Expert Commentary

Does the timing of umbilical cord clamping at delivery affect an infant’s long-term iron status?

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Andersson and colleagues begin their published report by explaining the importance of adequate iron status to child development, particularly neurodevelopment. As they note, “Young children are at particular risk of iron deficiency because of high iron requirements during rapid growth in combination with low iron intake.” The investigators also point out that the prevalence of iron-deficiency anemia (3%–7%) and iron deficiency (as high as 26%) among young children in Europe, where this study was conducted, has troubling implications. Iron-deficiency anemia, in particular, may produce enduring cognitive and behavioral deficits.

This is the first randomized, controlled trial to explore the timing of umbilical cord clamping in a high-income country. Earlier studies in low- and middle-income populations have found that delayed cord clamping leads to an increased serum level of ferritin at 3 to 6 months of age.1-5

The rationale for late clamping

Delayed clamping allows for placental transfusion of almost one third of the infant’s blood volume. Infants need the iron in all their red blood cells (RBCs)—circulating systemically and in the placenta—to guard against iron deficiency in the first few months of life. This need is unrelated to the mother’s health, iron status, and socioeconomic station.

Without the full quota of RBCs, an infant’s iron stores—reflected most accurately by ferritin levels at 4 to 6 months of age—will be suboptimal. Early clamping deprives newborns of RBCs remaining in the placenta and the iron they contain, which is essential for the development of the hematopoietic and central nervous systems.

The standard routine of administering oxytocin with early cord clamping, followed by controlled cord traction, was introduced as part of the active management of the third stage of labor. Until recently, there were no randomized, controlled trials demonstrating how early clamping disadvantaged the infant.

Details of the trial

The trial was conducted in a Swedish county hospital in an affluent, high-income population. Four hundred full-term, singleton infants, born after low-risk pregnancy, were randomized to early or late cord clamping.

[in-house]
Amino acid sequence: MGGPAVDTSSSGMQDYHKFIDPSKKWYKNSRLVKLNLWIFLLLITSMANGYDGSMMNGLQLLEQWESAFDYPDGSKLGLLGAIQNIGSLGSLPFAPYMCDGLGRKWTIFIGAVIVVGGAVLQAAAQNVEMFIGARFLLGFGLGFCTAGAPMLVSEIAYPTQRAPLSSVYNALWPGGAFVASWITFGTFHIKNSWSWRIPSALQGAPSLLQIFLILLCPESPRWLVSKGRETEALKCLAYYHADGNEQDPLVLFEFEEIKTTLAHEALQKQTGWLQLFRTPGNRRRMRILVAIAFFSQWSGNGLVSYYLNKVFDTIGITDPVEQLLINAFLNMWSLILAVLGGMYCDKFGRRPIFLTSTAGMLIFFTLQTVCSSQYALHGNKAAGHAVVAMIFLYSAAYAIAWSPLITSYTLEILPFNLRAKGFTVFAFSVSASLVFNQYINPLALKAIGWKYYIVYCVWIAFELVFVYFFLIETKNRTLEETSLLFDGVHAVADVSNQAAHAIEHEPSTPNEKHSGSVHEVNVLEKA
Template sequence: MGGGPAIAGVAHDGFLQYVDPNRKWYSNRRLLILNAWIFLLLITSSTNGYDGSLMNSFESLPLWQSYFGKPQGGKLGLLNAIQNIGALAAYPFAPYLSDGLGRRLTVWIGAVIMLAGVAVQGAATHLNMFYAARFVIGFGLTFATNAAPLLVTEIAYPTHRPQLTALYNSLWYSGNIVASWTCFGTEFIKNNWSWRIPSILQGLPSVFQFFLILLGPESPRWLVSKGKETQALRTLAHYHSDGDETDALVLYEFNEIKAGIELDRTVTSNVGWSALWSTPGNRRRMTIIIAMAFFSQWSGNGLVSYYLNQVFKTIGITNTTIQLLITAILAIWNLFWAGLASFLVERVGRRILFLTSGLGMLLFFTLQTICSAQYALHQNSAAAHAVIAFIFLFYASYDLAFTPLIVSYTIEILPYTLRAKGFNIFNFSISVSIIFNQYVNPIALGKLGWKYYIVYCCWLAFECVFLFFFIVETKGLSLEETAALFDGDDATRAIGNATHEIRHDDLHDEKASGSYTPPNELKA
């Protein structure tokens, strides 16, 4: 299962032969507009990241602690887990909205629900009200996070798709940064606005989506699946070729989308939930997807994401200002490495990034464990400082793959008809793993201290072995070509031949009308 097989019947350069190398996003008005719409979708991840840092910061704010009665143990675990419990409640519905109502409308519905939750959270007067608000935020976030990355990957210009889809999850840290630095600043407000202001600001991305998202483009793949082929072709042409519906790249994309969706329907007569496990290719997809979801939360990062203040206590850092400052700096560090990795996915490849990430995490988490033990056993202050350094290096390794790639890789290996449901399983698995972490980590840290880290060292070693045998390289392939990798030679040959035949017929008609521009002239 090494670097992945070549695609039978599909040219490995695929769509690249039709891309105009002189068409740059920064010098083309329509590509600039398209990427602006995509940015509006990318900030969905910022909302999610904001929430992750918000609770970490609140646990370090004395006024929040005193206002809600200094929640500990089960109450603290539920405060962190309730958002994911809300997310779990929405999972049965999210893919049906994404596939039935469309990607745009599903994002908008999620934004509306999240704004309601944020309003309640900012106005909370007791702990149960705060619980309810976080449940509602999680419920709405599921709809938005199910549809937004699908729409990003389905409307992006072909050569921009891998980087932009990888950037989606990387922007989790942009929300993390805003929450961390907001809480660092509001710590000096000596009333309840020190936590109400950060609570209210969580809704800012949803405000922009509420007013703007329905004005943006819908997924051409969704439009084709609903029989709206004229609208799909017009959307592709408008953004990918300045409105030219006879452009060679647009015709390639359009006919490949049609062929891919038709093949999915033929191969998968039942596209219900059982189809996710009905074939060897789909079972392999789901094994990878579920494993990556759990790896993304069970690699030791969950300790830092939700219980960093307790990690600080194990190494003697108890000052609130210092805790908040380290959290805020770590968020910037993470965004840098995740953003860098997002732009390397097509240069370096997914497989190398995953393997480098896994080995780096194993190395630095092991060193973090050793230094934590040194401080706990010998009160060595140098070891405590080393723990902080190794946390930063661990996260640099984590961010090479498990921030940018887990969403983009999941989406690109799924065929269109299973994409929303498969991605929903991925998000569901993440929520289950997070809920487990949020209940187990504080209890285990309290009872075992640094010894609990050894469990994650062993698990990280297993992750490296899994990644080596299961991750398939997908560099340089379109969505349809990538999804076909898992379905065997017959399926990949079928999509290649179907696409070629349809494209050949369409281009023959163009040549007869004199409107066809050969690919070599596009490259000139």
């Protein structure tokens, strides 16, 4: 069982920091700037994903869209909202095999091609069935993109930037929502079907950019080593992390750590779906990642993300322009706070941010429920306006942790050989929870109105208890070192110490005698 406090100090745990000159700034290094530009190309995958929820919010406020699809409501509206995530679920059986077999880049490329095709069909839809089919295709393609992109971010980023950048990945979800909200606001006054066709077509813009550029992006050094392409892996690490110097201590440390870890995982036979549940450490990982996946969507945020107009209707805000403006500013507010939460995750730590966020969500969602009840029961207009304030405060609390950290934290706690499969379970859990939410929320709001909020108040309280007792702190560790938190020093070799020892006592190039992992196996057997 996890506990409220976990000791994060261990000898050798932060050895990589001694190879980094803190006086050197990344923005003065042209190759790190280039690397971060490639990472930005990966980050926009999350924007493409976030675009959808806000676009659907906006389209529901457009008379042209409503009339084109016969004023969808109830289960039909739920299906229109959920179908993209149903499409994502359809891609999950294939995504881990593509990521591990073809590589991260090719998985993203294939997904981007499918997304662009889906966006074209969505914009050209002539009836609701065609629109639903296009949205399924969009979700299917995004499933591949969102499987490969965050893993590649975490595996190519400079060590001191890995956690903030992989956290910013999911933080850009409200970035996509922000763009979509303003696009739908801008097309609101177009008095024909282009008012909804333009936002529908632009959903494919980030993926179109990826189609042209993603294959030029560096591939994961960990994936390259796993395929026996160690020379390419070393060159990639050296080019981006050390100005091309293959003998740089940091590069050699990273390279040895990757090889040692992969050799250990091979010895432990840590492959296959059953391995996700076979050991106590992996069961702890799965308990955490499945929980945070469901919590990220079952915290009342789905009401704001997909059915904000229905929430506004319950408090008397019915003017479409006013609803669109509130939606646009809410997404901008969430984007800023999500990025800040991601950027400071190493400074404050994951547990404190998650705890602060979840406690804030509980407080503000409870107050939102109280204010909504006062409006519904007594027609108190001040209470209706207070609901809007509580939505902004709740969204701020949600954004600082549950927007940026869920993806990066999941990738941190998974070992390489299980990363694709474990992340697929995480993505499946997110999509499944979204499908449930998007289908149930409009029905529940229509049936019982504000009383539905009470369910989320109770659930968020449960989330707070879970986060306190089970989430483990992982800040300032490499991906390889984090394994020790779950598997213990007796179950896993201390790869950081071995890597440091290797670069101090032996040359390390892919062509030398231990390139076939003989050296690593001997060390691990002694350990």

Intravenous oxytocin (10 IU) was given immediately after the cord was clamped. The time from full delivery of the baby to the start of cord clamping was measured by an assistant to the midwife.

Blood samples were taken from the newborns 48 to 72 hours after delivery and again at 4 months of age.

A clear benefit from delayed clamping

The infants’ hemoglobin concentration and packed RBC volume were higher 2 days after delivery in the delayed-clamping group, compared with early clamping, and this translated into improved iron stores at the 4-month follow-up. Specifically, the rate of anemia at a median age of 2.4 days was 1.2% in the delayed-clamping group versus 6.3% for early clamping (P = .02; relative risk reduction 0.80; 95% confidence interval [CI], 0.22–0.95). And the geometric mean serum ferritin concentration at 4 months of age was 45% higher in the delayed-clamping group (117 μg/L vs 81 μg/L; P < .001; 95% CI, 23%–71%). Iron deficiency was significantly more prevalent in the early-clamping group, but the prevalence of anemia was similar between groups. To prevent one case of iron deficiency—with or without anemia—the number needed to treat was 20 (95% CI, 17–67).

Other growth parameters were similar. Additional long-term tracking is planned.

One of the arguments against delayed clamping is that the practice raises the risks of respiratory symptoms, polycythemia, and hyperbilirubinemia, and increases the need for phototherapy. However, this study demonstrated that late clamping does not increase these risks.

The advantages and risks of delayed cord clamping in infants who are either preterm, growth-restricted, or hypoxic remain to be determined.


Delaying umbilical cord clamping for 3 minutes after delivery allows for substantial transfusion of blood from the placenta to the newborn. This extra blood protects the child from iron deficiency, producing a 45% increase in iron stores that is measurable at 4 months of age. The iron is required for optimal hematopoietic and central nervous system function. The benefits of delayed clamping are evident in both low- and high-income countries.

Delayed clamping is not associated with adverse effects in a healthy term newborn or the mother. It should become standard practice for term infants from uncomplicated pregnancies.


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